Violence and bullying are constant companions for children

According to a recent study by the World Health Organization (WHO), one in six school-age children are victims of cyberbullying. with hazardous effects on physical and mental health.

These are alarming numbers and they show one thing: children are not safe on the Internet. So they are constantly interacting with disturbing content, but precisely because of this, they are not good for each other: one in six schoolchildren between the ages of eleven and 15 have been bullied online. This is shown in a recent study by the World Health Organization (WHO). This is a significant increase in recent years: “This report is a warning signal that we need to act against violence if and when it arises,” emphasized Hans Kluge, WHO Regional Director for Europe.

According to the study results, the rate of physical assaults was almost eleven percent; It was ten percent four years ago. However, virtual forms of peer-to-peer violence have increased sharply since the start of the coronavirus pandemic.

“With young people spending up to six hours a day online, even small changes in bullying rates can have a profound impact on the health and well-being of thousands of people,” Kluge emphasized. According to a new study, 15 percent of boys and 16 percent of girls said they had been bullied online at least once in the past month.

The bully and the bully himself

The study is based on reports from nearly 280,000 children and youth in 44 countries in Europe, Central Asia and Canada. The highest rates of cyberbullying were recorded among boys in Bulgaria, Lithuania, Poland and Moldova, and the lowest rates were among boys in Spain.

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One in eight young people admitted to bullying others. In almost all countries, 11-year-old boys and 13-year-old girls are most affected. According to the study, parental wealth had little or no influence. Only in Canada are girls from poorer families more likely to be victims of cyberbullying than girls from wealthier families.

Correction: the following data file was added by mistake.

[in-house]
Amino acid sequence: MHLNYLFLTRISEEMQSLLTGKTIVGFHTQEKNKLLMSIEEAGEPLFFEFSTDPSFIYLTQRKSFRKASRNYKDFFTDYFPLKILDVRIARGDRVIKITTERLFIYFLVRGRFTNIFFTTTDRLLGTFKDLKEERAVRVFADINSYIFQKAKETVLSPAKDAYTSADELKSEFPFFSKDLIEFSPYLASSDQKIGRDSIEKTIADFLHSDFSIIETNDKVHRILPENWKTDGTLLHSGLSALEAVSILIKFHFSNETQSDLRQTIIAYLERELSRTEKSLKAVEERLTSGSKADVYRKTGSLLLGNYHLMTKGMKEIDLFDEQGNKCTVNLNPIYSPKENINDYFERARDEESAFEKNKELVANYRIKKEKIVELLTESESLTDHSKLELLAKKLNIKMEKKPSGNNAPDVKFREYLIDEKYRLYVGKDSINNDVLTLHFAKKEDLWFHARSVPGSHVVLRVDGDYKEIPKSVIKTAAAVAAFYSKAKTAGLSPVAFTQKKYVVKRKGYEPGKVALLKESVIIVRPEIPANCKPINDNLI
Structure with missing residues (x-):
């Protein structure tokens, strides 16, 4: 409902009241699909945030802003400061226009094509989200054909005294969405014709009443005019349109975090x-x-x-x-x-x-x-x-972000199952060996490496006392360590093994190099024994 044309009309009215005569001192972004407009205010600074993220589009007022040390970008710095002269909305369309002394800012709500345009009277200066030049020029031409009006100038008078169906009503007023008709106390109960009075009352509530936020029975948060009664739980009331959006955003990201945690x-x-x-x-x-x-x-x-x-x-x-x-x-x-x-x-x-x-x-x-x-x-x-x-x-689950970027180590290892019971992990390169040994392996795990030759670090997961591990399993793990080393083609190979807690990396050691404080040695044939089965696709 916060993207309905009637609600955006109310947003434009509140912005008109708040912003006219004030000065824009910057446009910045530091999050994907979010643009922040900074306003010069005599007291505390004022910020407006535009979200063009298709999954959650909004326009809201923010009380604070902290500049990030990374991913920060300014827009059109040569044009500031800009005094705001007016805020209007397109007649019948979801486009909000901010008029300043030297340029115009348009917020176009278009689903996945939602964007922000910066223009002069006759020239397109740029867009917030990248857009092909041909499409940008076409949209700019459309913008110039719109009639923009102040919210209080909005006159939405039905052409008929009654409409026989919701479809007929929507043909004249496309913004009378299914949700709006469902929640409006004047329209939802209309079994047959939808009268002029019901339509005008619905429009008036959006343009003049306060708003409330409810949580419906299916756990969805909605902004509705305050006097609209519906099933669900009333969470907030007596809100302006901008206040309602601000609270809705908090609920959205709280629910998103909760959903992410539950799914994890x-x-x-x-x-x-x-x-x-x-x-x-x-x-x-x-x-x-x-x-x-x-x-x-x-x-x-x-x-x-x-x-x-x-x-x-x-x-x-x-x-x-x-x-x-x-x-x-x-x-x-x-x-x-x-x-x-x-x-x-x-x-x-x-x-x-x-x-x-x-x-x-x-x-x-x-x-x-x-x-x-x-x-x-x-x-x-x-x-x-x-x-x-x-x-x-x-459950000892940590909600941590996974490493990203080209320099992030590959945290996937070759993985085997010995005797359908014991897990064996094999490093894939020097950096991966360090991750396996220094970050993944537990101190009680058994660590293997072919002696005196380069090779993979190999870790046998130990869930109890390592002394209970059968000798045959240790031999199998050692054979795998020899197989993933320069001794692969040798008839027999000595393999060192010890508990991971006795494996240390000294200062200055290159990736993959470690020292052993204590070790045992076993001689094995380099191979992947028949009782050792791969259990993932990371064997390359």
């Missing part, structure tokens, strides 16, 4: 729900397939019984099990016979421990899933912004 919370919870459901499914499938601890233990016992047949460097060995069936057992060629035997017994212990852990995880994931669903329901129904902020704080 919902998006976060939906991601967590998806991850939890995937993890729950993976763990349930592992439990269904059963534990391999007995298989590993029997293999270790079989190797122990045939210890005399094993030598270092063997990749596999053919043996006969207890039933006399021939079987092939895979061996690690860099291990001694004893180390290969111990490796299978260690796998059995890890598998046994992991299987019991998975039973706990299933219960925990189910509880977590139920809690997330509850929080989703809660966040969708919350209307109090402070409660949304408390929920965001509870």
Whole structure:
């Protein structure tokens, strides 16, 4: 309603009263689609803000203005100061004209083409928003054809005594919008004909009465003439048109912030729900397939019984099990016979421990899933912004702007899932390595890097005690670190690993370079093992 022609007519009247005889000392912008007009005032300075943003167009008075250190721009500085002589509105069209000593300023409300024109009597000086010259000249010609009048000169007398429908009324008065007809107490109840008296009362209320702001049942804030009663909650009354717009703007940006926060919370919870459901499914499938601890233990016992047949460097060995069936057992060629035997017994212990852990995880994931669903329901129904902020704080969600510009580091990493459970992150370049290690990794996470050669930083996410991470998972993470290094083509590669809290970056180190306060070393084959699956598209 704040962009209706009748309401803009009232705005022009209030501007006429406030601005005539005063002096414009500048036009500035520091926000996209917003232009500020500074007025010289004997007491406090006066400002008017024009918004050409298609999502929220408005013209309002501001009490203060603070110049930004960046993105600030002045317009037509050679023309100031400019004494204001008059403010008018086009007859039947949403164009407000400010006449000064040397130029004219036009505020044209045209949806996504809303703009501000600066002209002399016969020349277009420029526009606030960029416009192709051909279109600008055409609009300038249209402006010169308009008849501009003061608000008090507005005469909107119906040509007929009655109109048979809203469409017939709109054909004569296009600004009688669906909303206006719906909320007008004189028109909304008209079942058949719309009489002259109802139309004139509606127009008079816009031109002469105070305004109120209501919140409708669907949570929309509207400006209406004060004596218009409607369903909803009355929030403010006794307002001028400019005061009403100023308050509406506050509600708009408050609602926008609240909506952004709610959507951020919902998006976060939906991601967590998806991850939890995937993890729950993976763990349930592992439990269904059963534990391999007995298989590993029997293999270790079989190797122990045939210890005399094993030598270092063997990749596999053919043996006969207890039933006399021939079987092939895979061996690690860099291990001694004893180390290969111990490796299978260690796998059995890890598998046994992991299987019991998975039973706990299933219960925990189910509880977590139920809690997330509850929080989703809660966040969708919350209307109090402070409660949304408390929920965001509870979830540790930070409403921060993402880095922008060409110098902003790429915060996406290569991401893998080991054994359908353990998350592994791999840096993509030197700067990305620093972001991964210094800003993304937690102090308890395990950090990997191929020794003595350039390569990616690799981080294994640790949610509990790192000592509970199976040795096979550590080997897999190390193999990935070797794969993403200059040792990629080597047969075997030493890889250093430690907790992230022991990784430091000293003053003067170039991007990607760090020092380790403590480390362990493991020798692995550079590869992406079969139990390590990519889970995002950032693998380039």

“There is a need to better examine the different forms of peer violence,” the report says. Young people, but also families and schools, need to be more aware of cyberbullying and its consequences. Additionally, online services should be better regulated to limit the risk of this occurrence.

According to the study, some victims of bullying suffer from headaches and stomachaches, as well as anxiety and depression. Many of the victims still feel the effects years later.

Violent content cannot be avoided

As British media authority Ofcom found in another study, children and young people cannot avoid coming into contact with disturbing content. And many come into contact with it in elementary school. Almost every British child surveyed for the Ofcom study has seen violent material online, from videos of local school and street fights to explicit and extreme graphic violence shared in group chats, including gang-related content.

Kids knew there was more serious stuff in the depths of the Internet, but they weren't looking for it, the report concluded.

Gill Whitehead, director of Ofcom's online safety group, said: “Children should not feel that seriously harmful content – including content depicting violence or self-harm – is an inevitable or inevitable part of their online lives.

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“Today's research sends a clear signal to tech companies that it's time to meet their obligations to protect children under new online safety laws. “We'll be consulting later this spring on how the industry can ensure children enjoy an age-appropriate, safe online experience.”

Almost every leading technology company was mentioned by children and young people surveyed by Ofcom, but Snapchat and Metas apps Instagram and WhatsApp were the most mentioned. (stone)

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